There’s a really cool feature in today’s new iPads that got zero stage time during the keynote. Apple has built its own SIM card that allows the user to switch between different carriers and plans right from iOS.
Slowly but surely, T-Mobile has been trying to not only become the leader of the prepaid cell phone market, but to totally corner it. It’s latest ultra-simple plan takes that mission even further, making pay-as-you-go as simple as $0.10 per minute or text, flat.
Yesterday, AT&T announced new Mobile Share Value plans that were pitched as making subscriber’s monthly rates cheaper if you already own a smartphone.
It seemed like a pretty honest move. Most carriers bill you a set monthly that includes a fee designed to pay off your smartphone’s full prive over a two year period, which is common knowledge. What isn’t common knowledge is that on most carriers, even if you bring your own smartphone to your contract or fully pay off your device, the carrier will continue to bill you for that smartphone subsidy in perpetuity. It’s super sleazy, so AT&T’s move seemed like a refreshing dose of honesty.
Right now, Apple sells three generations of iPhone. The iPhone 5 is the high-end phone, starting at $199 on contract. The iPhone 4S is the mid-tier device, and costs $99 on contract. Finally, there’s the iPhone 4, which is free on contract.
Come September 10th, though, Apple’s going to change things up with the colorful iPhone 5C, a device that Cupertino has designed from the ground up to be a modern budget iPhone (rather than just a hand-me-down iPhone a couple generations old). So the iPhone 5S will take the high-tier, and the iPhone 5C will take the lower-tier.
What about the mid-tier, though? Evidence suggests it’ll be the iPhone 5.
Two months ago, Verizon announced that it wouldn’t allow customers to upgrade their iPhones early after twenty months anymore. It was a pretty hostile move: the subsidy you’ve paid for your iPhone has been paid off after twenty months, so Verizon was effectively saying that their new policy was to bleed you dry for an additional four months, no exceptions.
When we wrote about Verizon’s move, we said “And what Verizon tends to do, AT&T can usually be expected to follow. How long until AT&T ends 20 month eligibility for early upgrades too?”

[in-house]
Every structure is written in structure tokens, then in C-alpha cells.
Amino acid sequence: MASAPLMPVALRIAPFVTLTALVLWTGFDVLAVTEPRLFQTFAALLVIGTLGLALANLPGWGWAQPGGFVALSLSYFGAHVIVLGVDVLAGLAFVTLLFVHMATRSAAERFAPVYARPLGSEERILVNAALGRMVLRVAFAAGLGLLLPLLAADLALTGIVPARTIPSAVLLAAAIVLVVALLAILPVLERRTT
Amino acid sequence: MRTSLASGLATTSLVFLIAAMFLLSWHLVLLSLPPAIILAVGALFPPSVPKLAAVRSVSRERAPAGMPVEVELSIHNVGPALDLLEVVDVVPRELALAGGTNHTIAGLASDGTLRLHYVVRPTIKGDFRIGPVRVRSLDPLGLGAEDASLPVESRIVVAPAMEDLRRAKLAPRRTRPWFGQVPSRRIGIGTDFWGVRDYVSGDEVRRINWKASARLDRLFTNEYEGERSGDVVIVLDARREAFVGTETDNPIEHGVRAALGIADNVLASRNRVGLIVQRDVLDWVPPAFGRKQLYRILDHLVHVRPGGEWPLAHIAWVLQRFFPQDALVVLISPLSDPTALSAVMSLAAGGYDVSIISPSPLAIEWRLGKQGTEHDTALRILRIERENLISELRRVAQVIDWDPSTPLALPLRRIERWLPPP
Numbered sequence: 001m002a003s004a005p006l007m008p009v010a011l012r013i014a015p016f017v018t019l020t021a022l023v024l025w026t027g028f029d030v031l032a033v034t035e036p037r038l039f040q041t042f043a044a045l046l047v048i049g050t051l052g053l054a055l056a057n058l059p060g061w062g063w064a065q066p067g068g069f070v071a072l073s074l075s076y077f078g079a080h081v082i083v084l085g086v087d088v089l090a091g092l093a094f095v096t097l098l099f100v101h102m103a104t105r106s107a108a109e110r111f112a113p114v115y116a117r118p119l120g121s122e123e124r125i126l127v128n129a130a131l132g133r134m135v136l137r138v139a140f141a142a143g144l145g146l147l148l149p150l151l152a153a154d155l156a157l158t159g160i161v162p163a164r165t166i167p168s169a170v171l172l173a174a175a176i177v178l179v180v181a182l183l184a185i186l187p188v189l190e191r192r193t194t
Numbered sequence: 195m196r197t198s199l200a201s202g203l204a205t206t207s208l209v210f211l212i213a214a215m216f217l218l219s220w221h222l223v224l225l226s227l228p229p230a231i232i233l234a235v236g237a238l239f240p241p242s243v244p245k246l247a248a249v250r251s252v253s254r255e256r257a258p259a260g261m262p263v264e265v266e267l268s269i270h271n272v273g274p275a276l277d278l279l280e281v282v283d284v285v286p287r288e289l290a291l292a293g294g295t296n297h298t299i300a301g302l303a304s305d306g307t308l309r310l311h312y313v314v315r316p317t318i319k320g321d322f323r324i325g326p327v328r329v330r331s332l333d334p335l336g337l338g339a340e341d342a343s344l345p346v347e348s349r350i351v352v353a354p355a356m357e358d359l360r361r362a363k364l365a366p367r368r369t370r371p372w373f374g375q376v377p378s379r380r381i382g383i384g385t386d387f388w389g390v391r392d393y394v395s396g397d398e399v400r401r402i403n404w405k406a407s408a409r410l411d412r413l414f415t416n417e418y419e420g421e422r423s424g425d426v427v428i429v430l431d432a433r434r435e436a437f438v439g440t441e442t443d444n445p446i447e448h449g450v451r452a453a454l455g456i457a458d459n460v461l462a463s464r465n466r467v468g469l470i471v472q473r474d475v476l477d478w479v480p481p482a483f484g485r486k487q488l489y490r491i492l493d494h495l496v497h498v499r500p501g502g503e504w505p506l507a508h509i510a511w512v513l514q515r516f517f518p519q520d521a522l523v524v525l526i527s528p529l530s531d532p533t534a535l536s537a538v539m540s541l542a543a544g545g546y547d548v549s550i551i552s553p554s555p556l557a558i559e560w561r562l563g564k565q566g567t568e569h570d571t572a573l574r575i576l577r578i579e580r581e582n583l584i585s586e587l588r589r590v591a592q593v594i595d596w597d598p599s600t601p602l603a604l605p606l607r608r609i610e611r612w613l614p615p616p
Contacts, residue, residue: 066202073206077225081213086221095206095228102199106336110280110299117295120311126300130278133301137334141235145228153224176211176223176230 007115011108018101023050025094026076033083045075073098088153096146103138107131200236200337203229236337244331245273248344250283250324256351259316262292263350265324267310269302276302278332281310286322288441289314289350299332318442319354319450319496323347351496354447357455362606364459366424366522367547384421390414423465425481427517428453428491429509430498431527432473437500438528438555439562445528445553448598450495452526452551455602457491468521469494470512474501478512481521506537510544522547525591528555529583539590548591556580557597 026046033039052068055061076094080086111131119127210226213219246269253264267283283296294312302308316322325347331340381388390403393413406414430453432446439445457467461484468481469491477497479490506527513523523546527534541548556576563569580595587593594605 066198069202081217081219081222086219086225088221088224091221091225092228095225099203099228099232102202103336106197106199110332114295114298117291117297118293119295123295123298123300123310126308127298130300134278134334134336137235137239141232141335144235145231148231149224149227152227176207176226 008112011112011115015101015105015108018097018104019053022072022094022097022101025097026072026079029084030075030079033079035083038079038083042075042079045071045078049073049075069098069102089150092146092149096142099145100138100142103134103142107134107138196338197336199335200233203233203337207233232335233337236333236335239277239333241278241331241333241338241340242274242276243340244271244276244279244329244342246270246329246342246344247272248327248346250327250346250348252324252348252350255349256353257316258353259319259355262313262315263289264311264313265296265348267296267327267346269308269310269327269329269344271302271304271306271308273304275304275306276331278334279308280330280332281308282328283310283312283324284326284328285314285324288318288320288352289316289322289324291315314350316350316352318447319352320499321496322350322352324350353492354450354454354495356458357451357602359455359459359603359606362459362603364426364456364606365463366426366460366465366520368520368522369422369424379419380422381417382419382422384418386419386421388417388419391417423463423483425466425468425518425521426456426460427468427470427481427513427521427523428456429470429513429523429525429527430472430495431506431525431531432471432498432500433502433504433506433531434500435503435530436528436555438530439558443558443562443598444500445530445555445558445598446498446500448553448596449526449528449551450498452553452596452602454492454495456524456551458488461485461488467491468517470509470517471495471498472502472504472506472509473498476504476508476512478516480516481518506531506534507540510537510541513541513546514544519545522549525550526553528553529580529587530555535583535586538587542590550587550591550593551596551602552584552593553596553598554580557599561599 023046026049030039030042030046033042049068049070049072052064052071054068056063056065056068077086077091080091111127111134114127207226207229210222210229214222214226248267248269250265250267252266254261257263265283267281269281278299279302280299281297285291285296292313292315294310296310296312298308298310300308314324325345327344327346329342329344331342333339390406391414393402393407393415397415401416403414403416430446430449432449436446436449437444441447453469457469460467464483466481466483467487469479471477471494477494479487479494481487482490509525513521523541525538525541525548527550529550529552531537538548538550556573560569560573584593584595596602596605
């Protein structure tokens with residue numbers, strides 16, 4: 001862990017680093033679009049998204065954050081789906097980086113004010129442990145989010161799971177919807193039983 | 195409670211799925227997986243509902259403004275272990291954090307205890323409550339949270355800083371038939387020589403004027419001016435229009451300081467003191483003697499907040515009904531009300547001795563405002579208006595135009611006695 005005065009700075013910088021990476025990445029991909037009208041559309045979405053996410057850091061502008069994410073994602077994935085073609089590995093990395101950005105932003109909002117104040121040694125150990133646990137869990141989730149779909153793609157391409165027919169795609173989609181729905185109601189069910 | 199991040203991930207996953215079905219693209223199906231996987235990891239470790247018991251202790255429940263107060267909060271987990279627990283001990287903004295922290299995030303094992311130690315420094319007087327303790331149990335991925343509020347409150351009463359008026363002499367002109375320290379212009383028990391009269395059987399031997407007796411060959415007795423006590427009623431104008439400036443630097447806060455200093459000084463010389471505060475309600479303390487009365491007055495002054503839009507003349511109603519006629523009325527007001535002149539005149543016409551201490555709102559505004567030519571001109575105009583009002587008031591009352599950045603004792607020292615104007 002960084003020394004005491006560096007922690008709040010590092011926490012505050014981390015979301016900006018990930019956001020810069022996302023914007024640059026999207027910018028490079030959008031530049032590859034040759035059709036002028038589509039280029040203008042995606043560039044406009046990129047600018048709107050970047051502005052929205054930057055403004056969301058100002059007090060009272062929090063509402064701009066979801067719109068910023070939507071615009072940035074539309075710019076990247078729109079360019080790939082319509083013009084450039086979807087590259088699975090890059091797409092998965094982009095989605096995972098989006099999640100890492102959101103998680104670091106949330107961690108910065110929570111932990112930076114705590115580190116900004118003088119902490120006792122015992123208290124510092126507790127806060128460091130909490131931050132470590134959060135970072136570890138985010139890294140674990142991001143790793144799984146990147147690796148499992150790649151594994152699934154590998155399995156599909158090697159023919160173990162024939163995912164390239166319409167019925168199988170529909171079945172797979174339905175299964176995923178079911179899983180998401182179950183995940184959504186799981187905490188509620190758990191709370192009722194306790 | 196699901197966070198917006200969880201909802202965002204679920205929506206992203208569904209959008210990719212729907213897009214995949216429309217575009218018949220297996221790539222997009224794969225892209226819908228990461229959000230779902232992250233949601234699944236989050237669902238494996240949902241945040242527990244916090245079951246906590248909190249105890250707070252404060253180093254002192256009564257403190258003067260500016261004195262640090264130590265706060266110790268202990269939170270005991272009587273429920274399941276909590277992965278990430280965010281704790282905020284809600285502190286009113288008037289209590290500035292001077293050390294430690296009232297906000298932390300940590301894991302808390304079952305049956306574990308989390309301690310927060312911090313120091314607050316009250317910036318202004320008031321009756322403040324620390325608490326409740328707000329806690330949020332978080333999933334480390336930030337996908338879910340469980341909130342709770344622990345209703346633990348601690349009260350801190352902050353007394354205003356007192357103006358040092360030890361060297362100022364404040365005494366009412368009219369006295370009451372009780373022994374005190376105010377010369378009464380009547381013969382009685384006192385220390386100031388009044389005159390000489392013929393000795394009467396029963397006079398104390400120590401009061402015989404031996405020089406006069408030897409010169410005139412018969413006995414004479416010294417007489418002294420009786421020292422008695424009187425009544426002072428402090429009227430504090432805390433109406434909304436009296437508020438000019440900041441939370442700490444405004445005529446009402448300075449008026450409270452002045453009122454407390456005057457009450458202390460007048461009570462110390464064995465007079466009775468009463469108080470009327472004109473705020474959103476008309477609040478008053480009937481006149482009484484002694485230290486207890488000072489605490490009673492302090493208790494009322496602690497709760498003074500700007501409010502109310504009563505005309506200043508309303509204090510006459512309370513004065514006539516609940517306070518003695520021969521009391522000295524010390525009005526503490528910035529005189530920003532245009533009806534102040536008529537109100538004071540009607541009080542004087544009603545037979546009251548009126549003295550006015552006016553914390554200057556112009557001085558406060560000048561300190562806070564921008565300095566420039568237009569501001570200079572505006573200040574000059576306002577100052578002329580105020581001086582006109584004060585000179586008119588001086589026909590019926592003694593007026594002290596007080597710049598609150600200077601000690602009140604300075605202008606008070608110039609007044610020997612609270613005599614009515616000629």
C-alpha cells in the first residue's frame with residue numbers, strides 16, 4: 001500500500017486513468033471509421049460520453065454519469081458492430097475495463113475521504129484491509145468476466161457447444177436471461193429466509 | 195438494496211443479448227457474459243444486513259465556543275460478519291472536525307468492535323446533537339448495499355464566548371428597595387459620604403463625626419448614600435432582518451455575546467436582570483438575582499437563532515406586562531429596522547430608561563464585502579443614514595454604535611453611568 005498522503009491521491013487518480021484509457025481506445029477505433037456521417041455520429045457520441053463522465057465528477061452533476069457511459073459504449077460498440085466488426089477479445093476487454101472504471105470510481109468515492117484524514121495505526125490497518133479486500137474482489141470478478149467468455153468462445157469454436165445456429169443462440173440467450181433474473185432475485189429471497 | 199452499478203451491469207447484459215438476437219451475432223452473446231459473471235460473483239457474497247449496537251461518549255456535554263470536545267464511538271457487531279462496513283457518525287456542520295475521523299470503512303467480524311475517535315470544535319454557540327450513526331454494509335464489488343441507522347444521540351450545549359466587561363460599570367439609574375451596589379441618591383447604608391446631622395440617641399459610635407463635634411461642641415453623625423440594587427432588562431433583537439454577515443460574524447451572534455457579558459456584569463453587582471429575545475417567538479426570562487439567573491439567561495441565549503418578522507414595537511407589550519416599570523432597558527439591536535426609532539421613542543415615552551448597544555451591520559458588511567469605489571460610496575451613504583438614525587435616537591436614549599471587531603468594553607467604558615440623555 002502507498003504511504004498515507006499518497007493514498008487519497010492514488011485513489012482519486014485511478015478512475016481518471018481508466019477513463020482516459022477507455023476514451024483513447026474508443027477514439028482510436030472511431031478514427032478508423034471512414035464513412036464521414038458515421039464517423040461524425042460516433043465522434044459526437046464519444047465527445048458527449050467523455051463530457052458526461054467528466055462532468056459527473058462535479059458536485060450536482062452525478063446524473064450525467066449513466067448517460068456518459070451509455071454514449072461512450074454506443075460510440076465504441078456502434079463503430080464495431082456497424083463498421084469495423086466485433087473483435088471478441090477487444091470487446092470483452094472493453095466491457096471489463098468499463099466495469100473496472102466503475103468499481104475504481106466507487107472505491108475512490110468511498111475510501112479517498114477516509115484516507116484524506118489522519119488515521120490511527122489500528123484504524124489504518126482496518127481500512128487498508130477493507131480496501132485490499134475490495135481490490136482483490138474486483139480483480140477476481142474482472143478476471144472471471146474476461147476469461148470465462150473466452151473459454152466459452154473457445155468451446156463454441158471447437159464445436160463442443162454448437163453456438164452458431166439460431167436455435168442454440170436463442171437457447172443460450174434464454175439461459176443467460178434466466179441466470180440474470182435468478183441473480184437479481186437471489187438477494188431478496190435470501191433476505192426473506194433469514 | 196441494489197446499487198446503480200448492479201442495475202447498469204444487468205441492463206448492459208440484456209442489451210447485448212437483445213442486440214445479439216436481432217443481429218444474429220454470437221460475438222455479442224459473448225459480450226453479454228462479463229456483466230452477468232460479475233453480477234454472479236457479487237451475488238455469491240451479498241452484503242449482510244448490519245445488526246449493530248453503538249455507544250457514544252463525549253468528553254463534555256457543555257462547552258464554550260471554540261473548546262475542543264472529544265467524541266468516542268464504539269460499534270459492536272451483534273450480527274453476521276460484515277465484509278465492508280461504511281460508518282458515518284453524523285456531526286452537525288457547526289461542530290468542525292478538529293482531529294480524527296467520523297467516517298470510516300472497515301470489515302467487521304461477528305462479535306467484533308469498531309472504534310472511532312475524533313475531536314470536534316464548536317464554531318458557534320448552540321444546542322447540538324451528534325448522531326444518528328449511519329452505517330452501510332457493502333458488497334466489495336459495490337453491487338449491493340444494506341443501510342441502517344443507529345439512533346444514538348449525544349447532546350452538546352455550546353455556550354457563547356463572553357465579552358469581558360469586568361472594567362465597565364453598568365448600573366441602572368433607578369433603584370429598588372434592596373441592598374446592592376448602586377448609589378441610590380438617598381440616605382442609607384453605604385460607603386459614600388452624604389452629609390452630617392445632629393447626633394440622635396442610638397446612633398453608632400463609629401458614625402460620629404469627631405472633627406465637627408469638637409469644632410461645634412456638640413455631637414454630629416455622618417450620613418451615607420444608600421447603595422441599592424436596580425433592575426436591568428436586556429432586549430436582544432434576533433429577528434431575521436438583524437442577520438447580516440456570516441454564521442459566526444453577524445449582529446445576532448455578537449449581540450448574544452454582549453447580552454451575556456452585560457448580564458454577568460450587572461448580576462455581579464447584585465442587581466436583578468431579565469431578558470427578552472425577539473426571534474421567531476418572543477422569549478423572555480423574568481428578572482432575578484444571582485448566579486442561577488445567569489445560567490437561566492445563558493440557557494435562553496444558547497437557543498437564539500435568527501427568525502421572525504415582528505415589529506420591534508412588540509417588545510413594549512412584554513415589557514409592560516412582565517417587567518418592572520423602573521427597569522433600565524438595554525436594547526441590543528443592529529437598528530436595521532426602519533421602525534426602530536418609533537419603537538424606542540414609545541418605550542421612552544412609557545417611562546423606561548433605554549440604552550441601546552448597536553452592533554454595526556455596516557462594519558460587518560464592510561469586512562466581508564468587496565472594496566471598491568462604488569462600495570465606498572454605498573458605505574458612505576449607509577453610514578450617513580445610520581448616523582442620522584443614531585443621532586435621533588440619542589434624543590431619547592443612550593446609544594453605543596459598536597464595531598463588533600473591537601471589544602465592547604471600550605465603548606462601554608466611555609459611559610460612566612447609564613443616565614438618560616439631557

The answer, as it turns out, is a little under two months.
Hey, T-Mobile is finally an iPhone carrier now! Not only that, they’re a pretty competitive one, offering you an iPhone 5 for just $100 down and $20 a month over 24 months in what the nation’s fourth-largest carrier is calling a “no bullshit” plan. If you buy an iPhone 5 at T-Mobile, you can leave at any time as long as you pay off your device; otherwise, your service is provided month by month.
Sounds pretty great, but how competitive is T-Mobile’s new iPhone plan compared to the competition really? We compared the cheapest T-Mobile iPhone 5 plan you can get against the 24 month cost of getting one from AT&T, Verizon, Sprint, Cricket, Virgin Mobile and Straight Talk. The result? T-Mobile is one of the cheaper plans around… but it’s not the cheapest.
Is your bill over $100 a month? If so, you’re in the majority of iPhone and Android users.
Want to know why a carrier like Sprint is willing to promise Apple almost $16 billion to get the iPhone on their network, or why carriers put up with paying astronomical subsidies just to get a single iPhone customer on their network?
As usual, it all comes down to the crisp, president-branded cabbage. According to a new study, almost 60% of iPhone users spend more than $100 a month on their wireless plan, compared to only 53% of Android users.
How much longer can Apple keep milking the carriers?
Apple and the U.S. carriers have always had a bittersweet relationship. Carriers love Apple because the iPhone brings people into their stores, but carriers are also pressured by Apple to pay high subsidies so that Apple can maintain its high profit margins.
Given that there’s way more competition for the iPhone these days, Apple’s chokehold on the industry is starting to loosen. Carriers are trying new business models for selling smartphones. T-Mobile recently announced that it would be doing away with subsidized two-year contracts altogether. Instead, customers will pay a cheaper price up front for a device like the iPhone and then pay monthly installments towards the full price of the phone.
Carriers want to drive retail prices down on smartphones so more people will buy, and Apple may have to adapt to that model in the near future.